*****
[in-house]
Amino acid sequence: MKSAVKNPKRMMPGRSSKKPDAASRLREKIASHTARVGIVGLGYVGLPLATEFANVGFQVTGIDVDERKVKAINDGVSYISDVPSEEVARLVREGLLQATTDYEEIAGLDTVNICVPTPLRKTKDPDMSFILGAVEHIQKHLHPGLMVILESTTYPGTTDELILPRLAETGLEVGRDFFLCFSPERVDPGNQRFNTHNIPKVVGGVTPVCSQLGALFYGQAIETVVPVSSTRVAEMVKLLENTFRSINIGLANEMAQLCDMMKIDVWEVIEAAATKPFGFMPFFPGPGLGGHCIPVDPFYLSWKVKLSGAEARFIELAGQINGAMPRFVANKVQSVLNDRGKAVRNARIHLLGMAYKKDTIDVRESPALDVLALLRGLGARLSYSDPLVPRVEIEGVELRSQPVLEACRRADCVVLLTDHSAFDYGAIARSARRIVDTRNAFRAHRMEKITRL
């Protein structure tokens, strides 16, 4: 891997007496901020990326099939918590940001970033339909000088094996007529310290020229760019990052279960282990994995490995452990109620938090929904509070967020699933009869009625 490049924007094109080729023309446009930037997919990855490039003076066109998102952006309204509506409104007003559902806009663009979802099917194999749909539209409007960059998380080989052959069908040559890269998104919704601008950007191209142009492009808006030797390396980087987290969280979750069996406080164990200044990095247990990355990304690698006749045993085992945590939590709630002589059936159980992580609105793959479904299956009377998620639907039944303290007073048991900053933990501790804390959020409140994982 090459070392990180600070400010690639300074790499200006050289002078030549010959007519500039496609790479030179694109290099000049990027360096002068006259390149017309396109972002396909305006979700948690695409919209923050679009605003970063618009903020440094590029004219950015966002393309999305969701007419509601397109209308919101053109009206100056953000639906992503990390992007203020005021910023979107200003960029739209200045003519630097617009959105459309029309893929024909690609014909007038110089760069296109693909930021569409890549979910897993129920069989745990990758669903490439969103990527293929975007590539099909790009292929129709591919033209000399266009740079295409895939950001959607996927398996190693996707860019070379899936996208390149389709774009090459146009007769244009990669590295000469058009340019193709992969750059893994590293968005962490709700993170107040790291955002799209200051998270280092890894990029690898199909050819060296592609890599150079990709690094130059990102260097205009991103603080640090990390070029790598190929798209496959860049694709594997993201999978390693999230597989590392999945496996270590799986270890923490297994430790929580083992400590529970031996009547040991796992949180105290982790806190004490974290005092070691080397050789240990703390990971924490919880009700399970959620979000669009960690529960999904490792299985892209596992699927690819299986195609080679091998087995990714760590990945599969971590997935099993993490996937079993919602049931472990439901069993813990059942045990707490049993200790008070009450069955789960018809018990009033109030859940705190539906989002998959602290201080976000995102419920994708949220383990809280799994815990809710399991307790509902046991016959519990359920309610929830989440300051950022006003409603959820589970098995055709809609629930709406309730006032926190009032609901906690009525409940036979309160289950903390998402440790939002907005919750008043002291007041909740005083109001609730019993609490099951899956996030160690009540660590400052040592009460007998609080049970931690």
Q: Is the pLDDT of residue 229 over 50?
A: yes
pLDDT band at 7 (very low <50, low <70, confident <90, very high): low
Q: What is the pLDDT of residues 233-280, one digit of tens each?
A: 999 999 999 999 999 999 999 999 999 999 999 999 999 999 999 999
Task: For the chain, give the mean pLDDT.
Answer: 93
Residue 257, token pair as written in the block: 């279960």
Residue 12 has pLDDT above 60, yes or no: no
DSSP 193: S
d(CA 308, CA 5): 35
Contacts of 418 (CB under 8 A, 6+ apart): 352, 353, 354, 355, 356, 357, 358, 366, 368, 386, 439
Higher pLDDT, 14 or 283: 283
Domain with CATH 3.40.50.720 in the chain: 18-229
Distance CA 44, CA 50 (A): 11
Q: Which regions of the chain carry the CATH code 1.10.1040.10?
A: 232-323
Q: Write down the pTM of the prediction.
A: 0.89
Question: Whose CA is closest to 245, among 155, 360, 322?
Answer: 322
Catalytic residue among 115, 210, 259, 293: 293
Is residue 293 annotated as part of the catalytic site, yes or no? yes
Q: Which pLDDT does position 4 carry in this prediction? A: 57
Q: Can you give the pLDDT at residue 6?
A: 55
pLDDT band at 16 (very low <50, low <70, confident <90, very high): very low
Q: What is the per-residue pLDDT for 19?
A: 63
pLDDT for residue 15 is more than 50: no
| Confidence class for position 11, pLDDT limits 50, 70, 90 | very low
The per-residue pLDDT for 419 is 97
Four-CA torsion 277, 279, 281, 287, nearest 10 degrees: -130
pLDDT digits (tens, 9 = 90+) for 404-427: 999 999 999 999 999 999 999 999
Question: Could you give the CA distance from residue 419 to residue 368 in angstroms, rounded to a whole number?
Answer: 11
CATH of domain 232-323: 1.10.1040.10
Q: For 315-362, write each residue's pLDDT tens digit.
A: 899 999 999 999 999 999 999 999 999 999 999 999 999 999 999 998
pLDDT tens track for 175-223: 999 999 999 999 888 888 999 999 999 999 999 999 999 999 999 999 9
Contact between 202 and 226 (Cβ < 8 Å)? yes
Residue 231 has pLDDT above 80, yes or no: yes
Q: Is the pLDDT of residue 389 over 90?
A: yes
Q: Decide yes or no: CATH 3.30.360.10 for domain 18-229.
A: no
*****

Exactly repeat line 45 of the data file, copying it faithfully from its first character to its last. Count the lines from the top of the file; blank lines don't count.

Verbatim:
Residue 231 has pLDDT above 80, yes or no: yes